Gayle Forman, the author of I Was Here, comments that Nina LaCour's novel offers the "truest depiction of the aching, gaping hole left in the wake of a suicide." In it, Caitlin is frozen by her friend's suicide. Losing Ingrid has altered everything she recognized about life, including her place in the world.

After finding Ingrid's hidden journal, Caitlin reads it slowly. Each page and word help her overcome grief, work through the ache, but build momentum to keep moving on with her life. Reading the journal restores Caitlin's hope.

Recommended for ages 12 and up.

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9. Suicide Notes by Michael Thomas Ford

It's New Year's Day, and fifteen-year-old Jeff is in the psychiatric ward with bandaged wrists. Jeff is sure he doesn't belong there, but he's about to find out that he's got a lot in common with the others who are there with him.

In Suicide Notes, author Michael Thomas Ford creates an endearing cast of characters in the hospital, helping the reader experience pain and loss on different levels. Through Jeff's experiences, the reader will understand how suppression and keeping secrets can do more harm than good.

Recommended for ages 14 and up.

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10. Skim by Mariko Tamaki

Mariko Tamaki's graphic novel Skim looks at teenage life from a young Asian girl named Kimberly Keiko Cameron, aka "Skim." She and the rest of the school go into mourning when a young boy from the school dies by suicide.

Tamaki approaches all the tough subjects that teens deal with today, including depression, love, anxiety, peer groups, and homosexuality. Critics suggest that it's forgettable, while fans say that it was thoughtfully written, with an illustration style that suits the storyline perfectly.

Recommended for ages 14 and up.

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Best Books About Suicide Prevention for Teenagers

It’s your journey. And the authors listed here are eager to help teenagers move through grief while helping them articulate and define what that future will look like. 

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11. I Would, But My DAMN MIND Won't Let Me!: A Guide for Teen Girls. How to Understand and Control Your Thoughts and Feelings by Jacqui Letran

Jacqui Letran wants you to know that you're not too sensitive and that you don't need to just stop feeling something. Even if you feel like life is too difficult or seems unfair and hopeless, you can take charge of those emotions. You can also help your brain create happy, successful life experiences.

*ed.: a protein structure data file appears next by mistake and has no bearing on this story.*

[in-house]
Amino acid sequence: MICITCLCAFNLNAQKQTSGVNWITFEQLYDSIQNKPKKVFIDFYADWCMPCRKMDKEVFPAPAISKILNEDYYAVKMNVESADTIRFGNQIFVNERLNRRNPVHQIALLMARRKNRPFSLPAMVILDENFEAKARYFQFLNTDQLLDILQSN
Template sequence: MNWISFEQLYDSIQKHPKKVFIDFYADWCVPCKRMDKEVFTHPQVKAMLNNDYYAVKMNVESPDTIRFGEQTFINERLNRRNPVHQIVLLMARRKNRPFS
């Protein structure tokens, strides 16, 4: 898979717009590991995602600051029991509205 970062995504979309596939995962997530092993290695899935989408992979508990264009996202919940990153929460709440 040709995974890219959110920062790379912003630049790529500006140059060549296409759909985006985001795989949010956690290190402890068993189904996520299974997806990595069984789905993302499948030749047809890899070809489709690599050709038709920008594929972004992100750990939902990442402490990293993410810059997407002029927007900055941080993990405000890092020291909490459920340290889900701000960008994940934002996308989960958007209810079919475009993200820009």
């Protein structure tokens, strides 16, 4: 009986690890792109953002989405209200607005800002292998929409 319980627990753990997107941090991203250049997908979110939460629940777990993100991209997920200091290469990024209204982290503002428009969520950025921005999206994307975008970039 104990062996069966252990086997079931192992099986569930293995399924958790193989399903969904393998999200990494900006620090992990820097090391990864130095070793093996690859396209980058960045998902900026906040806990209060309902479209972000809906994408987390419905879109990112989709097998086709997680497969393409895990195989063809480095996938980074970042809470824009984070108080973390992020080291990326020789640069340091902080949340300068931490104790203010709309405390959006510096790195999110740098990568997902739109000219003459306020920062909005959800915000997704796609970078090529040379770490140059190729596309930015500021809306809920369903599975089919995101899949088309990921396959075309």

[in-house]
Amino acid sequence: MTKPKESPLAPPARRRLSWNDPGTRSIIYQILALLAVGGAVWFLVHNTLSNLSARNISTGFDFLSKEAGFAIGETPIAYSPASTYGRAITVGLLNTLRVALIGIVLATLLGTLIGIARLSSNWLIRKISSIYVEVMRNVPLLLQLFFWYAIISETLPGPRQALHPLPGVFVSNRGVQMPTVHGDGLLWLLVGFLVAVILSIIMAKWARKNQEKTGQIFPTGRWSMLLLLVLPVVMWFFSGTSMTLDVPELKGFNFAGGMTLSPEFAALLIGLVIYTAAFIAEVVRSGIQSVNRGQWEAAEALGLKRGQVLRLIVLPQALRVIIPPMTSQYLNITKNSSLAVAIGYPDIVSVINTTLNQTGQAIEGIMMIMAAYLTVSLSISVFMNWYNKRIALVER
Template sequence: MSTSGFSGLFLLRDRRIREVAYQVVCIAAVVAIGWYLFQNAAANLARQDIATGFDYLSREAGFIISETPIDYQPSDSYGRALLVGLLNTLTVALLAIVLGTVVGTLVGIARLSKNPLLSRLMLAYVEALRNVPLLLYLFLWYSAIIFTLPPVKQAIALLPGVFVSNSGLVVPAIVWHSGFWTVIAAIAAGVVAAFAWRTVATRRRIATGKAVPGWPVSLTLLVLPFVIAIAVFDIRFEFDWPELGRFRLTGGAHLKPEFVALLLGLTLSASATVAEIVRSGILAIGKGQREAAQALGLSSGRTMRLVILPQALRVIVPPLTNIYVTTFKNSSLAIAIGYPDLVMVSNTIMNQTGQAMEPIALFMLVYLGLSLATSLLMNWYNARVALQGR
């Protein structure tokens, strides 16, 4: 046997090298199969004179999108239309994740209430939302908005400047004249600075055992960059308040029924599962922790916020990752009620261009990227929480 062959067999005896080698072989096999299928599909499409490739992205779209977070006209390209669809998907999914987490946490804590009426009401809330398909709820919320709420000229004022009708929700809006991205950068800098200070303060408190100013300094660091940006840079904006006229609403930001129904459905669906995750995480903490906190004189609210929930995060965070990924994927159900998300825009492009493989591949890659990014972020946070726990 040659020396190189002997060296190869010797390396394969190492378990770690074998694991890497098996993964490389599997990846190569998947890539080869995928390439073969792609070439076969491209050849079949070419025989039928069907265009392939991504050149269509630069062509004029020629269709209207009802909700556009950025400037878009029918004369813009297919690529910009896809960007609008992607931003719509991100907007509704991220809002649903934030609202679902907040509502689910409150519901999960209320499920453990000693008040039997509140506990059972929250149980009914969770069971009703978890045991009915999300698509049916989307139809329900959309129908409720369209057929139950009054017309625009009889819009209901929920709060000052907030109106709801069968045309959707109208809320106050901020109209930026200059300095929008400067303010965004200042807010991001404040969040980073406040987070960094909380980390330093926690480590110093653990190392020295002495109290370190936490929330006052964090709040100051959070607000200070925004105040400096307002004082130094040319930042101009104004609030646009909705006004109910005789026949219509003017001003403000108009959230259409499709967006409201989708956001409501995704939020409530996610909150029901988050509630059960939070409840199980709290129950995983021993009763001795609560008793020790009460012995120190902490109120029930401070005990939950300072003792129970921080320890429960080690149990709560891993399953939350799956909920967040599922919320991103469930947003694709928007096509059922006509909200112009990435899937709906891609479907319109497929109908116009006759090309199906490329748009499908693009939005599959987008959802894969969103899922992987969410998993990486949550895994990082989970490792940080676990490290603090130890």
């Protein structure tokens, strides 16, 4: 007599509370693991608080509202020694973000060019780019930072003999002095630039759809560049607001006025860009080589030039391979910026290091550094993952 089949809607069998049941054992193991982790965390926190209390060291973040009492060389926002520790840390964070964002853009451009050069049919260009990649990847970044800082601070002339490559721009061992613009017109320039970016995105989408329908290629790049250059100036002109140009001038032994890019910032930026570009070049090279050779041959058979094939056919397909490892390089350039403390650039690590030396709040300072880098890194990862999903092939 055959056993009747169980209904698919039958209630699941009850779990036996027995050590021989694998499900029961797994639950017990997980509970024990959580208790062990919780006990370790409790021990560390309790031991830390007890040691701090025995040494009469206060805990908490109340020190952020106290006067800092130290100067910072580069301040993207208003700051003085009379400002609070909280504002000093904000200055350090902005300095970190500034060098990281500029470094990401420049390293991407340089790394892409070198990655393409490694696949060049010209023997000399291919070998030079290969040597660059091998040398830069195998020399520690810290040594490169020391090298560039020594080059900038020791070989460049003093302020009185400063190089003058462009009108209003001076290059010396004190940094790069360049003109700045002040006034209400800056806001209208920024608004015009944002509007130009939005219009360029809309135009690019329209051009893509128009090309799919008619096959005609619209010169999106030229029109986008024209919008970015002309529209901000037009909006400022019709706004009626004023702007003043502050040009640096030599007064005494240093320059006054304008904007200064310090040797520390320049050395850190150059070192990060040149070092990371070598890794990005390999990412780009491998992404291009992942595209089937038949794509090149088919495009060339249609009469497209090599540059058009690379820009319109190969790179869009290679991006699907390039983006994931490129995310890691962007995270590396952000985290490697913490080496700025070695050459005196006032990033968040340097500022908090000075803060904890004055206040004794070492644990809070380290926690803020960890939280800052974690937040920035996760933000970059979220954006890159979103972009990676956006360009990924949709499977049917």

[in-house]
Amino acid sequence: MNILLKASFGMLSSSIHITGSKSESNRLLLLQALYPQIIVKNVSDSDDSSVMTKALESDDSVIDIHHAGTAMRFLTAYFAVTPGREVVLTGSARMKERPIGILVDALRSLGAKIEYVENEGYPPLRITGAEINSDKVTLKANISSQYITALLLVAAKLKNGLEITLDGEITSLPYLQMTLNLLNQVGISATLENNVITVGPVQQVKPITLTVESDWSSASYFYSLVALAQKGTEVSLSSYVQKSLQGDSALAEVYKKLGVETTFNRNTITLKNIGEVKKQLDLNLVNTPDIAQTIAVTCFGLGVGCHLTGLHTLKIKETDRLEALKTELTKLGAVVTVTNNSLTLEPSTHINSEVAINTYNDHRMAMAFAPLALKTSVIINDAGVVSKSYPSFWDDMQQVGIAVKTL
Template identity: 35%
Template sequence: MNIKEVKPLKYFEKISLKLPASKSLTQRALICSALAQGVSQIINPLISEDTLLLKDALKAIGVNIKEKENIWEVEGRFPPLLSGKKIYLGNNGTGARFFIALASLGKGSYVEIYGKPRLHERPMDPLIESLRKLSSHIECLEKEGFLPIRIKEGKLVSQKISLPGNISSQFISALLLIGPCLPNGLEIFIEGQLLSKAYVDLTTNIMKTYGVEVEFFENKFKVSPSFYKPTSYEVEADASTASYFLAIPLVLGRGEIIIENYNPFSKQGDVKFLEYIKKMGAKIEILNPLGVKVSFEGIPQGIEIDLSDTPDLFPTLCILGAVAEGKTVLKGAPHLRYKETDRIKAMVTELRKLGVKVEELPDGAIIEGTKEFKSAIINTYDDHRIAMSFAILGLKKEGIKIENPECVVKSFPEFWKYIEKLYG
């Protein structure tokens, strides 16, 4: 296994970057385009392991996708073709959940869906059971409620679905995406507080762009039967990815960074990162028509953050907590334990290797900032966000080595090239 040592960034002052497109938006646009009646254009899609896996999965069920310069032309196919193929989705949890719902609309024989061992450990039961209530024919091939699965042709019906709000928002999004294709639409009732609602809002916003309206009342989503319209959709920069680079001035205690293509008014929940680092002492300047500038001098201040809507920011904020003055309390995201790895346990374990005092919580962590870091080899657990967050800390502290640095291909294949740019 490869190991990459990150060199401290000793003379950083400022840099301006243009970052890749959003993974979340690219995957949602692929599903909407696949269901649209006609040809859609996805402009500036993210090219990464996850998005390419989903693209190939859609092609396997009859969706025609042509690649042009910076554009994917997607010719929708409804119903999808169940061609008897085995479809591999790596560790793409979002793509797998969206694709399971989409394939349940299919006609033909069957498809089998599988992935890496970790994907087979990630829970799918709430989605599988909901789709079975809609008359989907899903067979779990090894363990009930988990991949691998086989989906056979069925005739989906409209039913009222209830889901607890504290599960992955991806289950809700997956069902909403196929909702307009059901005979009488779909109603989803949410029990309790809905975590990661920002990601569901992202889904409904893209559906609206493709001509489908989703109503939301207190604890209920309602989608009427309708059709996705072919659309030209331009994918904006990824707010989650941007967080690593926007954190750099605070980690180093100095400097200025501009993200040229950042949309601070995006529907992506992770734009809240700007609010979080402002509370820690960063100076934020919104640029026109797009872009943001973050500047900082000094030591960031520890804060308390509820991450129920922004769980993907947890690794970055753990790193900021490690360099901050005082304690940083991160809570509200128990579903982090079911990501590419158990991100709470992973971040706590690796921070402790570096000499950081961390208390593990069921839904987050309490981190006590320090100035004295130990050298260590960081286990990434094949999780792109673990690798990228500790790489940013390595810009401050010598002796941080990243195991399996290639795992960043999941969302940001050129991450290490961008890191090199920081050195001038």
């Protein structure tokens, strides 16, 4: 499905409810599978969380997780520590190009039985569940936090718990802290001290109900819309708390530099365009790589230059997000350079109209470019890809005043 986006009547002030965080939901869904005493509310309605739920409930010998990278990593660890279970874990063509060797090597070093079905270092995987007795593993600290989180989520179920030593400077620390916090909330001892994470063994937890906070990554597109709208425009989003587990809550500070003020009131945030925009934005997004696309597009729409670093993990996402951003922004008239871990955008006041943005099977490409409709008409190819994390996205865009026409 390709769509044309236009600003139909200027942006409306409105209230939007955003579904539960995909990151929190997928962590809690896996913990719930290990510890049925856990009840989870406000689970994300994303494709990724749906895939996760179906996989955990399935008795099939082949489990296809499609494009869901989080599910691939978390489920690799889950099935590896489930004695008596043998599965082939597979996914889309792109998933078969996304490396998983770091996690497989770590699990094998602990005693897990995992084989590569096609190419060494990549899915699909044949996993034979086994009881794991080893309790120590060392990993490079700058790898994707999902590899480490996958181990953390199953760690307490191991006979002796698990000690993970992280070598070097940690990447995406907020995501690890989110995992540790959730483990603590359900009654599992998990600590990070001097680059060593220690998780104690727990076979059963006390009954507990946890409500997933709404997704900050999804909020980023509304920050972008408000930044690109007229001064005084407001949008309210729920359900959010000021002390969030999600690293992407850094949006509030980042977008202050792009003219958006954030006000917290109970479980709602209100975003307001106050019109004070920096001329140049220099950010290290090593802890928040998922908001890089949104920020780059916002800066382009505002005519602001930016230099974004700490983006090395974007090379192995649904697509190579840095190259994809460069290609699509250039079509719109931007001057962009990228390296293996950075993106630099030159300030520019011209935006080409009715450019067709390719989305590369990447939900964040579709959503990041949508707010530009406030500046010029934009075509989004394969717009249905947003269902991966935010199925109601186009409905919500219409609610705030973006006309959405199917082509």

In I Would, But My DAMN MIND Won't Let Me!, she'll help you figure out how to take the control necessary to manage your life from today forward. To do that, Letran will help you challenge unhealthy thought patterns, create positive life experiences, stay calm and in control, and harness the power of your mind to ensure a better future.

Recommended for ages 13–18.

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12. The Weight of Zero by Karen Fortunati

The stigma of depression is a heavy load to bear, but Karen Fortunati wants readers to know through The Weight of Zero that they're not alone and there are options. Fortunati weaves the story around a girl struggling with bipolar depression and mental health struggles. 

To get ahead of her depression, protagonist Catherine "Cat" Pulaski creates a bucket list of things she’d like to accomplish before "Zero" (the name she calls her depression) returns.

In one of the most pointed commentaries in the book, Cat says, "And someone who has never felt it can never understand what the absence of emotion feels like. It is a hopelessness of incomprehensible, unspeakable weight."

Recommended for ages 14 and up.

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13. Depression: A Teen’s Guide to Survive and Thrive by Jacqueline B. Toner, Ph.D., and Claire A.B. Freeland, Ph.D.

Depression: A Teen's Guide to Survive and Thrive is about clinical depression. Authors Toner and Freeland, both psychologists, offer tips and coping mechanisms to follow at home and support mental health resilience. 

The top three are keeping a journal, developing strategies to change negative thoughts into positive ones, and keeping a list of people you can call when you need support. The ideas are easy, effective, and designed to support you in times of stress.

Recommended for teens and young adults.

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14. Dead Serious: Breaking the Cycle of Teen Suicide by Jane Mersky Leder

In Dead Serious, author Jane Mersky Leder wrote her first novel over 30 years ago. In this new, updated version, a new set of stressors and anxieties face teens like sexual and gender identity, bullying, academic stress, social media, and more.

Today, teens struggle with more pressure than ever, leading to anxiety, depression, and suicidal thoughts. Leder's goal is to help you discover the warning signs, take back control, set up a network, and find the right resources to help you manage your mental health in a positive, productive way.

Recommended for ages 13–17.

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15. It’s Kind of a Funny Story by Ned Vizzini

Craig Gilner is the protagonist and teen at the center of the comedy, It's Kind of a Funny Story. The social pressures he feels to be successful revolve around high school, grades, and getting into the right university to have the best chance at a future.

Craig's attempted suicide is a result of that pressure. After a suicide attempt, he's admitted to the psychiatric ward, where he meets new people, each with their unique stresses, anxieties, and problems.

When he's finally able to see outside of himself—empathize through their eyes, he also begins to understand what makes a person truly happy and the journey needed to get there.

Recommended for ages 12–18.

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September Is Suicide Awareness Month

Knowing the signs and learning about suicide risk and prevention improves teen mental health, increases student support structures, and paves an understanding for why you or your friends feel a certain way. 

Be sure to post #BeThe1 to help support suicide prevention and risk awareness this September.